And now comes the sad part of the evening, at least for us. Tri-State Conspiracy were next. Ten years ago they were a killer ska band, just busting out of the small club circuit. These days they still play ska, but they’re way more diverse than that, and even more gleefully noir than they were in 2000. One of their early songs sounded like the Yardbirds. Their trumpet player sang; their two guitarists traded licks better than any jam band in recent memory. So it hurt to walk out on what was obviously going to be a killer set – and hurt equally to miss the Highway Gimps, whose snarling post-Gun Club glampunk songs sound like they’d be even better live than what’s on their myspace. But sometimes you gotta do what you gotta do.

May 30, 2010 Posted by | concert, Live Events, Music, music, concert, New York City, review, Reviews, rock music | , , , , , , , , , , , , , , , , , , , , , , , , | Leave a comment

Concert Review: Canteca de Macao at Highline Ballroom, NYC 2/17/10

An eclectic choice for this year’s New York Flamenco Festival, popular Spanish rockers Canteca de Macao played a deceptively sophisticated, dizzyingly multistylistic show that was impossible to resist. America doesn’t have anything like these guys: their closest relative, and obvious precursor is the theatrical Mexican band El Tri. Ana, their frontwoman shifted effortlessly between a powerful, dramatic, slightly smoky contralto and a more lighthearted delivery that she used when the intensity level dipped a little. With a rhythm section that included two percussionists (on timbales, congas or cajon) it was obvious from the git-go that Canteca de Macao are first and foremost a party band – within a minute from the time they took the stage, the front rows were bouncing. Most of the upbeat numbers had a gypsy rock feel, spiced with a lot of playful tug-of-war between flute and lead guitar. Chiki, their acoustic guitarist – who also took lead vocals on several cuts – got to take all of one solo all night long, on one of the more overtly flamencoish numbers, and it turned out to be the best one of the evening.

It was a carnival ride of shifting tempos, slowing down into reggae or speeding up into ska, as they did on a number that lept from merengue into a brisk one-drop rhythm, sung by Juancho, their conguero. He may be a small guy, but as it turns out he’s also a babe magnet – and he knows it, as he told the crowd. Another gypsy rock tune bounced along on a bachata basssline that took a crescendoing swoop to the upper registers on the turnaround out of the verse. They worked brief rap interludes into a few songs, including a rapidfire kazoo-fueled anthem for fashion misfits everywhere. As good and diverse as their musicianship is, they don’t take themselves particularly seriously in the lyric department: “It doesn’t matter,” Ana and the rest of the band hollered defiantly on one of the best-received dance numbers. The first of the encores featured a smartly terse, flamenco-flavored bass solo; as they wound up the show, they broke songs down into halftime, sped them up again and threw out a handful of false endings until that device had been used to death. The crowd – a pleasantly surprising mix of nationalities and demographics, kids and others old enough to be their parents – didn’t want to let them go. It was something like a Gogol Bordello show in Spanish – a lot of the same tonalities, a brighter, more carefree vibe but the same kind of energy.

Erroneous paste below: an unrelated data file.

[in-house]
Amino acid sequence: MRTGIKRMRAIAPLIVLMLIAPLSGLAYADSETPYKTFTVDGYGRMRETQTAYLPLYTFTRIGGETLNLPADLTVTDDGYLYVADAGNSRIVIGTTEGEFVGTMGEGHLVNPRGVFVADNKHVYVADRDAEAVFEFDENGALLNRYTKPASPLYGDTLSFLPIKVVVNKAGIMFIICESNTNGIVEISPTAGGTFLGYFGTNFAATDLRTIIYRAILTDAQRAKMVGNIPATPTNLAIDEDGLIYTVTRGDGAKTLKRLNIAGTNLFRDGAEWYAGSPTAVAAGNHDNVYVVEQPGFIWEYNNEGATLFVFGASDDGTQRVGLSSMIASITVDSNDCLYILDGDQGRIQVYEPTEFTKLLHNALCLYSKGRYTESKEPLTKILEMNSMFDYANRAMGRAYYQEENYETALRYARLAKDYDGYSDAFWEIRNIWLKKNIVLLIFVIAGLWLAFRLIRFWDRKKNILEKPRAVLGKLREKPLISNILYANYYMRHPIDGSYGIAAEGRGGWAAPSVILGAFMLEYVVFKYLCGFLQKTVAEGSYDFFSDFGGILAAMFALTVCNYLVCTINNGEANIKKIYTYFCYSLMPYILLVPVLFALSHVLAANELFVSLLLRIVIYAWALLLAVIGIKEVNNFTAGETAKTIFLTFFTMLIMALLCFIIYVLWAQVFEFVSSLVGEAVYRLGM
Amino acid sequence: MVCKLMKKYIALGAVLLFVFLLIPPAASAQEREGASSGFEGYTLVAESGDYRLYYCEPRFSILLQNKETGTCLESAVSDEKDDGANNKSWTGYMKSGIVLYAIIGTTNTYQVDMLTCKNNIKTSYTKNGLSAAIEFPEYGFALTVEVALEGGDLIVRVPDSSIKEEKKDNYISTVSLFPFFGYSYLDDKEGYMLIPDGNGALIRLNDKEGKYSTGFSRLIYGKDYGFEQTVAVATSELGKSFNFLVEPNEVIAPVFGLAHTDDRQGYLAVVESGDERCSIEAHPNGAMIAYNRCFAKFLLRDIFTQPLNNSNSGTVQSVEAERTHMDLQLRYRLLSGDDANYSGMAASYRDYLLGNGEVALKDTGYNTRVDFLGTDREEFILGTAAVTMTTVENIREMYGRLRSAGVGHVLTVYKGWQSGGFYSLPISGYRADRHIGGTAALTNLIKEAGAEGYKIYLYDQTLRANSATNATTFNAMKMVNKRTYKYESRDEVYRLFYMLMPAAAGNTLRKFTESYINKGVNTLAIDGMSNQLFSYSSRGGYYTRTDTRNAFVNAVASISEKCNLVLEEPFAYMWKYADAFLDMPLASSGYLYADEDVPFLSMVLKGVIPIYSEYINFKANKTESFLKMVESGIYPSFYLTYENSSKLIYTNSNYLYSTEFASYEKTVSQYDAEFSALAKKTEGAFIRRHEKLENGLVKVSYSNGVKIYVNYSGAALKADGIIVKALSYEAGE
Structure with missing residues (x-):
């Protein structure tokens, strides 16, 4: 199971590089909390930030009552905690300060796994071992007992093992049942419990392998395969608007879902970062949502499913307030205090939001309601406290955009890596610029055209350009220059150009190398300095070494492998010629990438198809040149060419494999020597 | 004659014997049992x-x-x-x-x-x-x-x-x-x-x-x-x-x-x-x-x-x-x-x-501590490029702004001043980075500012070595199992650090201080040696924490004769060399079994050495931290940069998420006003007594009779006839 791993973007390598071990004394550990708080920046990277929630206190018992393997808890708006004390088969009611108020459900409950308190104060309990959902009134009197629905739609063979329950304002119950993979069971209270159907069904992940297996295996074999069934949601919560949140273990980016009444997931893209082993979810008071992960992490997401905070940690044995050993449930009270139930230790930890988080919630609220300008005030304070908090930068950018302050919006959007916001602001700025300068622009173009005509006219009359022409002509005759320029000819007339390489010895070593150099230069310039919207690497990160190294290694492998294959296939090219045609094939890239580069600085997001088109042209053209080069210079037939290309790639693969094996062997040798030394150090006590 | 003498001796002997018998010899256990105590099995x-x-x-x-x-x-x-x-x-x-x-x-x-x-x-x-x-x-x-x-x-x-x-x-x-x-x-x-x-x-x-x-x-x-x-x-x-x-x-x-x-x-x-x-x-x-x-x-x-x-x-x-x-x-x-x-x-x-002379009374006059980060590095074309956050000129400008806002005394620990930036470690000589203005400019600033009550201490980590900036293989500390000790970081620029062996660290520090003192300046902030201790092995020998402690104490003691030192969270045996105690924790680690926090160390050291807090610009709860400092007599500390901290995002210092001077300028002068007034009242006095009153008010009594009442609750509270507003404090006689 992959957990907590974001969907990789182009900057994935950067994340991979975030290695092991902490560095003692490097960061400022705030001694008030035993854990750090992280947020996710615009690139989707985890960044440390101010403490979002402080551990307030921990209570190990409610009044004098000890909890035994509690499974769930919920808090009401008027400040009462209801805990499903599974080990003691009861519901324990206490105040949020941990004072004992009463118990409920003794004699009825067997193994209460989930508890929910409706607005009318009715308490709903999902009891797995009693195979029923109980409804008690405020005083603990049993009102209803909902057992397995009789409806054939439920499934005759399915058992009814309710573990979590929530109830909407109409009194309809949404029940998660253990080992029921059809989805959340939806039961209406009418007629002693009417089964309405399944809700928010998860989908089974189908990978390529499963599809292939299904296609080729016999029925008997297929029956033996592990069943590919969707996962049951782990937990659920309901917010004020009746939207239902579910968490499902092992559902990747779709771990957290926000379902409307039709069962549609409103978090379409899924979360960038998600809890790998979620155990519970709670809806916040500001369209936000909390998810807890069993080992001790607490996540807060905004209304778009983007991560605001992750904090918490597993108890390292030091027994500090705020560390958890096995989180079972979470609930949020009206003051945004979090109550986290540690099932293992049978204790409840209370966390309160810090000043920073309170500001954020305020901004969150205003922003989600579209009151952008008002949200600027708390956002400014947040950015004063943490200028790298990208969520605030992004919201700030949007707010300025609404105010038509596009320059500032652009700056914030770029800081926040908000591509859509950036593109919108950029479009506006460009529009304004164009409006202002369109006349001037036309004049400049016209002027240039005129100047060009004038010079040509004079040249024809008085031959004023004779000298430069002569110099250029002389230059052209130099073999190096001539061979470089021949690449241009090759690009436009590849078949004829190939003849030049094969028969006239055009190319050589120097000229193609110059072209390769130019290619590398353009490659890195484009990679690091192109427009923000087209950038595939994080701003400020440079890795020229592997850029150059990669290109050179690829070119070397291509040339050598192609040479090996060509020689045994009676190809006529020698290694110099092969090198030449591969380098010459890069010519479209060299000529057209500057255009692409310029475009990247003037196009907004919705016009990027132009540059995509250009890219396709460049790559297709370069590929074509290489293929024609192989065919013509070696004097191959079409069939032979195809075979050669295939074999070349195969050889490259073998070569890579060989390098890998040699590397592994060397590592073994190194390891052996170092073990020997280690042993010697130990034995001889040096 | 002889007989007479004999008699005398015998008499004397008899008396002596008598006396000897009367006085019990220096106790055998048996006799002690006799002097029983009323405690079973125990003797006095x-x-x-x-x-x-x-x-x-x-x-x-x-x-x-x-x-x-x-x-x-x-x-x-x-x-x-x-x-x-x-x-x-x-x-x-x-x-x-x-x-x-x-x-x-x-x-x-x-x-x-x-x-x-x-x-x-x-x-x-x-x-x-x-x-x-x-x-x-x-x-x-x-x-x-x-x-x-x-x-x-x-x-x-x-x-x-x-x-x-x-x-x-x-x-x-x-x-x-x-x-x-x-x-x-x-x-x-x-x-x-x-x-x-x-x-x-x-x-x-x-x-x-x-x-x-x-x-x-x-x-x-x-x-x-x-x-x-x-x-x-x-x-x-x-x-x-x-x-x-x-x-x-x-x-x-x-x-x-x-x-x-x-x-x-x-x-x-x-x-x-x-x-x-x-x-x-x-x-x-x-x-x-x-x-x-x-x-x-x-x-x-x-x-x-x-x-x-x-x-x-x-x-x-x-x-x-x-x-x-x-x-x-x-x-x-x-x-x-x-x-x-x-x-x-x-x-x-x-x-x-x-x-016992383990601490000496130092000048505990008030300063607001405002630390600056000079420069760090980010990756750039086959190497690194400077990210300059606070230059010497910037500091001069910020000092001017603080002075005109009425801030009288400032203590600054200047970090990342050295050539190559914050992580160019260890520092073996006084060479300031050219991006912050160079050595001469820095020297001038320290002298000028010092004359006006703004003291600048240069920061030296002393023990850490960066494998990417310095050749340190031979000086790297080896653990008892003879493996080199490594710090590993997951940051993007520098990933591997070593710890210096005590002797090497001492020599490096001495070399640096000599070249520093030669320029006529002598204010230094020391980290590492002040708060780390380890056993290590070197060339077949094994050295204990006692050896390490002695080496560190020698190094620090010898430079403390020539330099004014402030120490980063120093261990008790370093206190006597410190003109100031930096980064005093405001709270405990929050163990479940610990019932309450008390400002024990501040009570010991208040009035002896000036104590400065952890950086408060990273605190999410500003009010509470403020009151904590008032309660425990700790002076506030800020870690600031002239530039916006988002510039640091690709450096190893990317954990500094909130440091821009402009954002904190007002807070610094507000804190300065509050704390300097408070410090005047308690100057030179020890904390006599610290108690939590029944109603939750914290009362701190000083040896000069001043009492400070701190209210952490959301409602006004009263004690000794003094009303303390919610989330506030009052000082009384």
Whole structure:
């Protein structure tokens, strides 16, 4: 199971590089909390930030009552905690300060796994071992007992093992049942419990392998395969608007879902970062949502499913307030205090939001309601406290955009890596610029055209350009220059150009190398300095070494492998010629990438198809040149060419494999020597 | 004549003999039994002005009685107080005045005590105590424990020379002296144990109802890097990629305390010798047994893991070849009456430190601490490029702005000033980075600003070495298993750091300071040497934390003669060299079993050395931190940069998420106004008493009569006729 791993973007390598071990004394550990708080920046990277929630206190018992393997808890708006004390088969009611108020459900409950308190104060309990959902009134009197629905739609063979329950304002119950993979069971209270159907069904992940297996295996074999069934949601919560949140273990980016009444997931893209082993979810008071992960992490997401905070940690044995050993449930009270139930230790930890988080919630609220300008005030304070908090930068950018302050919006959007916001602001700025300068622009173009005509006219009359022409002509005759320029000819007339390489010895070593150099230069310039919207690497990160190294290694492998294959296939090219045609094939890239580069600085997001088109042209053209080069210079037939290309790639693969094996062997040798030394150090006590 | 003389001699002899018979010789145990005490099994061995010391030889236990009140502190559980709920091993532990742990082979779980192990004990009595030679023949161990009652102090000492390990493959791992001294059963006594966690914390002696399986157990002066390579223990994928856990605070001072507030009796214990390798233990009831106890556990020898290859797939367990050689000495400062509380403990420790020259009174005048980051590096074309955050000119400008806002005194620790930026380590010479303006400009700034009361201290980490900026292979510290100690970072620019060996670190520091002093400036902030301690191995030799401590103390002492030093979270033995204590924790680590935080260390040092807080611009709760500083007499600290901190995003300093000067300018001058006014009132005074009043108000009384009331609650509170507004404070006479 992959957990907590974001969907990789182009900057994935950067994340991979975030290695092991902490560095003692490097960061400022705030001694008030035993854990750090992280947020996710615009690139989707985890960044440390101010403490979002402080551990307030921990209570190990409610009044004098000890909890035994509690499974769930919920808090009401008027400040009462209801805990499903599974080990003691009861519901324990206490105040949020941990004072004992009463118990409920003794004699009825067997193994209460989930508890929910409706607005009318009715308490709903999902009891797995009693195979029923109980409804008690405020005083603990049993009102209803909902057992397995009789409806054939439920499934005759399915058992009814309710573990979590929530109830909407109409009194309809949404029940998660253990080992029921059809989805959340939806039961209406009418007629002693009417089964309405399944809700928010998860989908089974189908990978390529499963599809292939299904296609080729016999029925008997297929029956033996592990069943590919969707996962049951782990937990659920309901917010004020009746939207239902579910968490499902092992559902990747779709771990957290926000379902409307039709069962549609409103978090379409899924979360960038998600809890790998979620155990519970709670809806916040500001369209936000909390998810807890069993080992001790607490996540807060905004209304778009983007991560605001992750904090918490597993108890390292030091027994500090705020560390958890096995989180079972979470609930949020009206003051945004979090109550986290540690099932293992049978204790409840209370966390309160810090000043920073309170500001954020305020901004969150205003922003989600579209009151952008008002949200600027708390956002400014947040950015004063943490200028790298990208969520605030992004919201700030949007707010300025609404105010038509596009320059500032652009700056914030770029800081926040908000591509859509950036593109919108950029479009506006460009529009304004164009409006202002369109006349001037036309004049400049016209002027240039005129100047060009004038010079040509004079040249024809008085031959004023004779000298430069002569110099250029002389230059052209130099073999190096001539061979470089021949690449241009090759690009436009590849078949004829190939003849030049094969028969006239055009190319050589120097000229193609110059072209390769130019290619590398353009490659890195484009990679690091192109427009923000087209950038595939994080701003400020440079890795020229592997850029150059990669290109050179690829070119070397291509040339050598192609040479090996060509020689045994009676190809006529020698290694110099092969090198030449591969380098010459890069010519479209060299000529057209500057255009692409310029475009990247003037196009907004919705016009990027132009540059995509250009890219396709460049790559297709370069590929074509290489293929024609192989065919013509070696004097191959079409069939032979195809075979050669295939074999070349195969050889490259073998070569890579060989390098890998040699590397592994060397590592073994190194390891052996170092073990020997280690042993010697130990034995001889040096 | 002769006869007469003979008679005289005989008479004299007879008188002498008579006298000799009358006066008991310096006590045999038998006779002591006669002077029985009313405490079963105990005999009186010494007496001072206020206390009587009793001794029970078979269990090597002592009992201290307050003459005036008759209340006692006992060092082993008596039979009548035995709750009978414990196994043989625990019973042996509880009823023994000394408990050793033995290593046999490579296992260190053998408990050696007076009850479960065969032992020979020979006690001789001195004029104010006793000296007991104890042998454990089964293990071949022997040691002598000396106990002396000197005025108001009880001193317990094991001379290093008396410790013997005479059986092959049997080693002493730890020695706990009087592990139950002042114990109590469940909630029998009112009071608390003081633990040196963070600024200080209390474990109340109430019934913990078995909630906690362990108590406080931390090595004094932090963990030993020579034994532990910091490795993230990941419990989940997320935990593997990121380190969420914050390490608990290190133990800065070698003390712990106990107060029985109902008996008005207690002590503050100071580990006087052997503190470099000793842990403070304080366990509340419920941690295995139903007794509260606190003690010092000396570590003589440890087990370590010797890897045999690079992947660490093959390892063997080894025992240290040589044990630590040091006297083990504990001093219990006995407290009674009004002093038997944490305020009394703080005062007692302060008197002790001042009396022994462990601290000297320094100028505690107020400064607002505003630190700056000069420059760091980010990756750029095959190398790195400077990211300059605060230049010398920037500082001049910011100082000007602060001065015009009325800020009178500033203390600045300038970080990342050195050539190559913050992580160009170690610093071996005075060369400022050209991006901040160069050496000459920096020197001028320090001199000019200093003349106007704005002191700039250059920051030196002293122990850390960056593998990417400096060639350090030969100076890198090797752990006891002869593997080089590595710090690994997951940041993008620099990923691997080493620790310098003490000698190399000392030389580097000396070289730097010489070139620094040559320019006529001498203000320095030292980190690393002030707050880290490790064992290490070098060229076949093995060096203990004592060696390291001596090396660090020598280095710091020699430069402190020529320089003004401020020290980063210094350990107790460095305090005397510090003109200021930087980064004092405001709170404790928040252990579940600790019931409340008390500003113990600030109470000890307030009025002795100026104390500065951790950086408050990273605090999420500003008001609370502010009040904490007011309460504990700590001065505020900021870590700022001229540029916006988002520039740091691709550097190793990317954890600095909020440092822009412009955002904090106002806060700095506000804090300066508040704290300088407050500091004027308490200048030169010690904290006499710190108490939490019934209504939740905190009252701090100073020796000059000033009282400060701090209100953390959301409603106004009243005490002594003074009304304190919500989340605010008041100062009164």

And while we’re at it, let’s big up the sound guys: the Highline is a great-sounding room to begin with, but you had a tough mix to deal with, all those mics onstage, and you delivered.

February 18, 2010 Posted by | concert, Live Events, Music, music, concert, New York City, review, Reviews, rock music, world music | , , , , , , , , , , , , , , , , , , , , , , , , , , , , , | Leave a comment

Top Ten Songs of the Week 7/6/09

We do this every Tuesday. You’ll see this week’s #1 song on our Best 100 songs of 2009 list at the end of December, along with maybe some of the rest of these too. This is strictly for fun – it’s Lucid Culture’s tribute to Kasey Kasem and a way to spread the word about some of the great music out there that’s too edgy for the corporate media and their imitators in the blogosphere. Pretty much every link here will take you to each individual song.

 

1. Marty Willson-Piper – Sniper

The Church guitarist has a career-best solo album just out (very favorably reviewed here) and this is its centerpiece, a towering anthem about the ethics of assassinations. Not what you might think. The Church are at Irving Plaza on 7/8, tix still available.

 

2. Moist Paula – Your Singlet

Haunting and hypnotic, something probably from the great underground composer/baritone saxist’s cinematic Secretary project.

 

3. Painted on Water – 1000 Faced Man

Eerie Doorsy art-rock by this innovative Turkish-American group.

 

4. Dagmar – Secret Agent Men

Harmony-driven dark pop with a noir cabaret feel. They’re playing the cd release show for their new one at Caffe Vivaldi on 7/15 at 8.

 

5. Heather & the Barbarians – Kiss Me or Kill Me